The procession commemorating the 26th annual MLK Day streamed out of the Second Baptist Church onto city streets dusted with the first snowfall of the season.
Leading the pack was Bishop Gene Savoy Jr., chairman of the Northern Nevada Martin Luther King Jr. Holiday Committee.
“It’s important to remember and to celebrate the life and the legacy and the work of Dr. King,” Savoy said.
In keeping with King’s message of equality, the caravan was comprised of men and women, young and old, black and white.
Among the participants was Alex Levitan, 12, whose perspective seemed to belie his age.
“It’s a holiday that makes sense,” he said. “Everyone has the same rights. I don’t see any difference.”
Leon Williams Smith, 61, a local gospel musician, was inspired by the many faces he saw in attendance.
“I’m glad to see all races are together,” he said.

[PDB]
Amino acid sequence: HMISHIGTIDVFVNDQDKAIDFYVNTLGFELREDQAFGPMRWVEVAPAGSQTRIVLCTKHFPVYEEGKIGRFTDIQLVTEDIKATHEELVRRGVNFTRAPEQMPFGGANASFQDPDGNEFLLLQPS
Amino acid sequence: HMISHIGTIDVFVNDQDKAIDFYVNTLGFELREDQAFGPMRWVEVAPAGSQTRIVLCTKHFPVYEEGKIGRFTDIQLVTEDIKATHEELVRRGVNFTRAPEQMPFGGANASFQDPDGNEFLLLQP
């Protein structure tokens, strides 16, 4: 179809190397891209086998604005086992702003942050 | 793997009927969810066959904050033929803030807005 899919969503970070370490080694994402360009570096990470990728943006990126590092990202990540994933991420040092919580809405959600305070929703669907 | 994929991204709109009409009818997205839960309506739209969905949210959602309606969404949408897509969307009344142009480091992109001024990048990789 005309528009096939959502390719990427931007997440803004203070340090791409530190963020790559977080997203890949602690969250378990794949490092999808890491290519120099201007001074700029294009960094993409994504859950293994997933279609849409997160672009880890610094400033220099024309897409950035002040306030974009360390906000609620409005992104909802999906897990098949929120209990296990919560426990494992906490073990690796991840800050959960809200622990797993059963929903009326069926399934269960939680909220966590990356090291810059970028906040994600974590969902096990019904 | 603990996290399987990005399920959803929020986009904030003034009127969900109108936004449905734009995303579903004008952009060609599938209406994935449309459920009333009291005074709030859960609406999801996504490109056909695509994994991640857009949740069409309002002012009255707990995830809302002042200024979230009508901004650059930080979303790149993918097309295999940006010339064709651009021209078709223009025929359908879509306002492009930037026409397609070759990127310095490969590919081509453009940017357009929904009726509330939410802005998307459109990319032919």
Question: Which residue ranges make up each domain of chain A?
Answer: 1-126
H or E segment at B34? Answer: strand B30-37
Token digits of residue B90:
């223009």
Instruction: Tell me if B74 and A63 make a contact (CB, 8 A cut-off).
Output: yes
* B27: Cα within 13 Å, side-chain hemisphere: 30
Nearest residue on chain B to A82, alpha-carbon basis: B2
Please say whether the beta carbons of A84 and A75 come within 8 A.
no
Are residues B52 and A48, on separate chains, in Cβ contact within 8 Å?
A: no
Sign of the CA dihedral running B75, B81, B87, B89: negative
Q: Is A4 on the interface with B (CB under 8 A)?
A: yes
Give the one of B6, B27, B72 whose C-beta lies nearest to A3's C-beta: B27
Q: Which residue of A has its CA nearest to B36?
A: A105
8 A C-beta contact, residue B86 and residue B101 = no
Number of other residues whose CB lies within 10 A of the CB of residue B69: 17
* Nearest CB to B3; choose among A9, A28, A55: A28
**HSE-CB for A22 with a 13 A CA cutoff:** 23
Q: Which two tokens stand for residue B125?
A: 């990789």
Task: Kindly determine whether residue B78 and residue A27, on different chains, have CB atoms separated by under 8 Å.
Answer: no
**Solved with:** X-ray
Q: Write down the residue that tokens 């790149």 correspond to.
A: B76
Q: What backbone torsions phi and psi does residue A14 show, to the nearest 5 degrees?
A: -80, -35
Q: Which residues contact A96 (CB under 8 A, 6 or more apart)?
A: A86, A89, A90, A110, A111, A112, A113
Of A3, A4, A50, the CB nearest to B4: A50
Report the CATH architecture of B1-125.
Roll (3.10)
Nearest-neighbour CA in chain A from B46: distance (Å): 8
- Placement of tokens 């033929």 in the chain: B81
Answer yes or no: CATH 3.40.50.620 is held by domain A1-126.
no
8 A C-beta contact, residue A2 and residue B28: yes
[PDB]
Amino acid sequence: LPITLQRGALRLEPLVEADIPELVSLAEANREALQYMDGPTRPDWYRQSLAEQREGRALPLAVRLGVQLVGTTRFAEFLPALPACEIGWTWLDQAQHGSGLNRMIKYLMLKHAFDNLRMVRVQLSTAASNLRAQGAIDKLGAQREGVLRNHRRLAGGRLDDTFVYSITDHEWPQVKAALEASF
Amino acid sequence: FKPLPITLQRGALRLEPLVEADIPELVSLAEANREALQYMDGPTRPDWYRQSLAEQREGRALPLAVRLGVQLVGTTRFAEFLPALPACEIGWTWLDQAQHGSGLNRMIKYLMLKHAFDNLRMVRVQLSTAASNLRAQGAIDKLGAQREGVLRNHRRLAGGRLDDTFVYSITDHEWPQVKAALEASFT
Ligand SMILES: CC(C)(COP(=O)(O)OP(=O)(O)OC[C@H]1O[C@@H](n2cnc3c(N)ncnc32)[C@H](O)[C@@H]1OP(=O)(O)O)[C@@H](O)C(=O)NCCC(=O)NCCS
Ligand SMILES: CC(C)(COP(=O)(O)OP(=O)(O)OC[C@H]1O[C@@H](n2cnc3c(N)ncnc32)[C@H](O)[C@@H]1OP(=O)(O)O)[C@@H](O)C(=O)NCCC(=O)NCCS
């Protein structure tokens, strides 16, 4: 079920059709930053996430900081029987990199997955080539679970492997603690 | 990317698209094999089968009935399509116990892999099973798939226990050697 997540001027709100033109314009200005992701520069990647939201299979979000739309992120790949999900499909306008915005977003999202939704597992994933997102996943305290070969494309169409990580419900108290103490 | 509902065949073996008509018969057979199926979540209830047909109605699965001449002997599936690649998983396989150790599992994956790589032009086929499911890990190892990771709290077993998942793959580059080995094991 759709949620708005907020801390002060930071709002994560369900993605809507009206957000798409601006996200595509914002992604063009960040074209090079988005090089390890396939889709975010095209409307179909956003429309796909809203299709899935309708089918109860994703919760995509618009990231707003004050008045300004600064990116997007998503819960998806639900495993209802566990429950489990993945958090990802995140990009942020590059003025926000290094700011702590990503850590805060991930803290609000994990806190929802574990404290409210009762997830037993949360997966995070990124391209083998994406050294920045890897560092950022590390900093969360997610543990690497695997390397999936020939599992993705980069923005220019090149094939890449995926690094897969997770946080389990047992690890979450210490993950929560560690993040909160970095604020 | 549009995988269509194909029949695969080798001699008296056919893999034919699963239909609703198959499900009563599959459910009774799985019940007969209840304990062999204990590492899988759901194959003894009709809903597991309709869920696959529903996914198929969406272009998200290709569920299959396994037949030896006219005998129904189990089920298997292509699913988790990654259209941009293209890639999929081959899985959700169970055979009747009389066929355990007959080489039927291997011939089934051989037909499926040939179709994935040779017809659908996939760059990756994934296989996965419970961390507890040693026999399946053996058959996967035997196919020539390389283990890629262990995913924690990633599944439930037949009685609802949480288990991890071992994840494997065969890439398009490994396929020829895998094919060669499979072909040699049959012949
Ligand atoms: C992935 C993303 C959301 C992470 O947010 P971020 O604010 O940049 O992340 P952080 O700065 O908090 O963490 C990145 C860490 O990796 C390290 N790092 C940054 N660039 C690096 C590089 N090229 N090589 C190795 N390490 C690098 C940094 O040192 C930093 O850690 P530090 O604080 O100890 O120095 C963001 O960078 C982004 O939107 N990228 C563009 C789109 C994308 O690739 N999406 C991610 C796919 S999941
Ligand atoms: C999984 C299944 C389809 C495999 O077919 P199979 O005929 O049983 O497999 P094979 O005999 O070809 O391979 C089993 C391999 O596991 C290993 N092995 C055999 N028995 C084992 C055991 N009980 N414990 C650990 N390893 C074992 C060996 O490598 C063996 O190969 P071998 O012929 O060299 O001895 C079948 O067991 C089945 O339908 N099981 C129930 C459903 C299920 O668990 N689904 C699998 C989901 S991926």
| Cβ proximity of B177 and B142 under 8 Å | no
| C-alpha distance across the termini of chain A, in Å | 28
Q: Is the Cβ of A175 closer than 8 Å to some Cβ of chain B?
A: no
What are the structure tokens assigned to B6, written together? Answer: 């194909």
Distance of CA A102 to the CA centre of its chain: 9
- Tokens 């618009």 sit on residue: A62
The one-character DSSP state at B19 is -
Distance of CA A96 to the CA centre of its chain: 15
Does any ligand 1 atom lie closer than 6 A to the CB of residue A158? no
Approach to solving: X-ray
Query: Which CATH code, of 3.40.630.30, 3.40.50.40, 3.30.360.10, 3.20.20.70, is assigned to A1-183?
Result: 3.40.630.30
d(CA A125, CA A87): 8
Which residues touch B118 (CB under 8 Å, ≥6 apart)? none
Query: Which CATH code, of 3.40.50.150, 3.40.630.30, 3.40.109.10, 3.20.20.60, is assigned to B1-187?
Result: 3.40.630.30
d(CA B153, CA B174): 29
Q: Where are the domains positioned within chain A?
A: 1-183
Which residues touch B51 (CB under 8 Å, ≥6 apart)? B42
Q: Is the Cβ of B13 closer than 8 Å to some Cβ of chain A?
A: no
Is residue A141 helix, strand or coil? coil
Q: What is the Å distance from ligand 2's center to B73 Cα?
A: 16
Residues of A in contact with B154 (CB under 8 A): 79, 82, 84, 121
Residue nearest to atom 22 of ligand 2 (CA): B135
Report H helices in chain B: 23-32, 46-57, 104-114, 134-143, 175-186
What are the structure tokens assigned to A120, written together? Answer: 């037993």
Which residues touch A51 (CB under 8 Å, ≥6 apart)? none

Smith grew up in Montgomery, Ala. in the days of racial segregation. His mother rode the bus with Rosa Parks and he personally knew King as a child.
“I used to pull on Rev. King’s robes,” Smith said with a huge grin.
Though King is best remembered for his call to civil rights, the dream he spoke so eloquently of in Washington in 1963 entailed much more than social justice.
Creating economic opportunity for all races and classes was equally important to King, and that message, perhaps, resonates now more than ever as the effects of the Great Recession linger.
“It’s a good time for us to be having this conversation, which is as valid now as it was 50 years ago,” Savoy said. “And it’s important for young people to keep this work up. There is still much to be done.”
King had another message, too, one that transcended politics and society and promised a better tomorrow for anyone who would listen.
“His message was to love others,” Smith said.